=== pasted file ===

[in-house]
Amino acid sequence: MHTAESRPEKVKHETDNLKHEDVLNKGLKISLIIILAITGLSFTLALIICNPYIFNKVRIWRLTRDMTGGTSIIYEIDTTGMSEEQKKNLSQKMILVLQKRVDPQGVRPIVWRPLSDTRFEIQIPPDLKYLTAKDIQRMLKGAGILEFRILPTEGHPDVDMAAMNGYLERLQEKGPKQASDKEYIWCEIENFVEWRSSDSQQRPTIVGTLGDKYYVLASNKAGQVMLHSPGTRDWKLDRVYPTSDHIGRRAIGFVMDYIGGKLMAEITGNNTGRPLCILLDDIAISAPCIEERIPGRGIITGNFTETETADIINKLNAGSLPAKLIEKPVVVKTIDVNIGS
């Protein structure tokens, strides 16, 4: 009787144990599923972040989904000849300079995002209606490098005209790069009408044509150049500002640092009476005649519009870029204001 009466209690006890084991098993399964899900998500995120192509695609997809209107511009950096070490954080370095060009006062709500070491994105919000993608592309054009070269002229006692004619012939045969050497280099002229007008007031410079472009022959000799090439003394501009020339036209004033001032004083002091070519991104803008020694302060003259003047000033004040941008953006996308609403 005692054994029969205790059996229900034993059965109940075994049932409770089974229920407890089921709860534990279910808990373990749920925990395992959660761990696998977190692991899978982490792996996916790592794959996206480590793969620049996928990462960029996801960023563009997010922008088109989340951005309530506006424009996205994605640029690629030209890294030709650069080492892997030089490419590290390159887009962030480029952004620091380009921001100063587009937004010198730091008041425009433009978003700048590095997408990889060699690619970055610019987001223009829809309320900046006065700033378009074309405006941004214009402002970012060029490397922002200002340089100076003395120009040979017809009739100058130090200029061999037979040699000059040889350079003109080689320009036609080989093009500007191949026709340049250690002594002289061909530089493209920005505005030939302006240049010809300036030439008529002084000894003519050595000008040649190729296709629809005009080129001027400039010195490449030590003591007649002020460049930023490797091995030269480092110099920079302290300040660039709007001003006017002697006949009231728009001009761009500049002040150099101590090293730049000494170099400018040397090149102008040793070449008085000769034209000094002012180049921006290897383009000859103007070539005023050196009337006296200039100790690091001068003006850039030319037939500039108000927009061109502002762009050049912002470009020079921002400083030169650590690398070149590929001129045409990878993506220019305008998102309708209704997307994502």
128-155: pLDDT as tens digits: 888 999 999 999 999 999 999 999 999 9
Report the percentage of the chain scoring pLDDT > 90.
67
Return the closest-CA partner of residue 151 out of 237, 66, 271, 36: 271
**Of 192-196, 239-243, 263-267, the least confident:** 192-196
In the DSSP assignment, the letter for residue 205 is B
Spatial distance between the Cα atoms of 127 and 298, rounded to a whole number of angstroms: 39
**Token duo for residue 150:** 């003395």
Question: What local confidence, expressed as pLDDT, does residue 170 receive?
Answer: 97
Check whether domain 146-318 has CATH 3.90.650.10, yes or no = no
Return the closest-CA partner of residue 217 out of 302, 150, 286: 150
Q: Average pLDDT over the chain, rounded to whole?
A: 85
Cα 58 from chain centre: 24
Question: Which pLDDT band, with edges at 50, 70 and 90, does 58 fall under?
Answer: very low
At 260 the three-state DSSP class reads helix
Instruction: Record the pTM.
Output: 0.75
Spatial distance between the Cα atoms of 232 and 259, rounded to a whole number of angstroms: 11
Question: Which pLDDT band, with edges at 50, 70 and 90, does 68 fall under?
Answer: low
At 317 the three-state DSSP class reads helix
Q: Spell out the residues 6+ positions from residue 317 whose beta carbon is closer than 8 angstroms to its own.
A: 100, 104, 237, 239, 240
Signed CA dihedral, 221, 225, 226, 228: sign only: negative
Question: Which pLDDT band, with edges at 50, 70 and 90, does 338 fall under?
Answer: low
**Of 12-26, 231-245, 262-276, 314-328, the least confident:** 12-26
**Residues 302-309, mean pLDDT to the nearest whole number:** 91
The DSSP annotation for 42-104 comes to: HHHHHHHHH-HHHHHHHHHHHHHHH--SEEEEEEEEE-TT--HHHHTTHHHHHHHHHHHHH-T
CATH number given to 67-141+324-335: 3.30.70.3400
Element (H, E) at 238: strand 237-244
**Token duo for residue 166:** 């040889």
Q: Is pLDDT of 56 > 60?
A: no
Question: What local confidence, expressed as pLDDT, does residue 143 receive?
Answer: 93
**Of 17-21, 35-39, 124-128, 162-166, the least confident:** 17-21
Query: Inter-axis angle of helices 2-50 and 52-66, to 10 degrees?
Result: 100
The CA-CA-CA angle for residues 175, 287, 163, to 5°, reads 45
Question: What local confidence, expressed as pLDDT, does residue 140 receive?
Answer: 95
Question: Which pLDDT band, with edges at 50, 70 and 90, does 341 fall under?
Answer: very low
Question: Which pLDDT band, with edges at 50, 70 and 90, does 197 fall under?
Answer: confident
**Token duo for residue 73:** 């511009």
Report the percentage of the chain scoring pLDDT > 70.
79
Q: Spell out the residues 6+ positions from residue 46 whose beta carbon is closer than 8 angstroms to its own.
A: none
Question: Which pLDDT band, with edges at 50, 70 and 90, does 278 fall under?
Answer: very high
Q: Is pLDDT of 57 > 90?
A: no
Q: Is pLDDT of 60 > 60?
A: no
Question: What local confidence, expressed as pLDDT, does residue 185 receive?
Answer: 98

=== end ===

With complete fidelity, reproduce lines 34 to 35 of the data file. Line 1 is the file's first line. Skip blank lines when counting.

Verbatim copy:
**Residues 302-309, mean pLDDT to the nearest whole number:** 91
The DSSP annotation for 42-104 comes to: HHHHHHHHH-HHHHHHHHHHHHHHH--SEEEEEEEEE-TT--HHHHTTHHHHHHHHHHHHH-T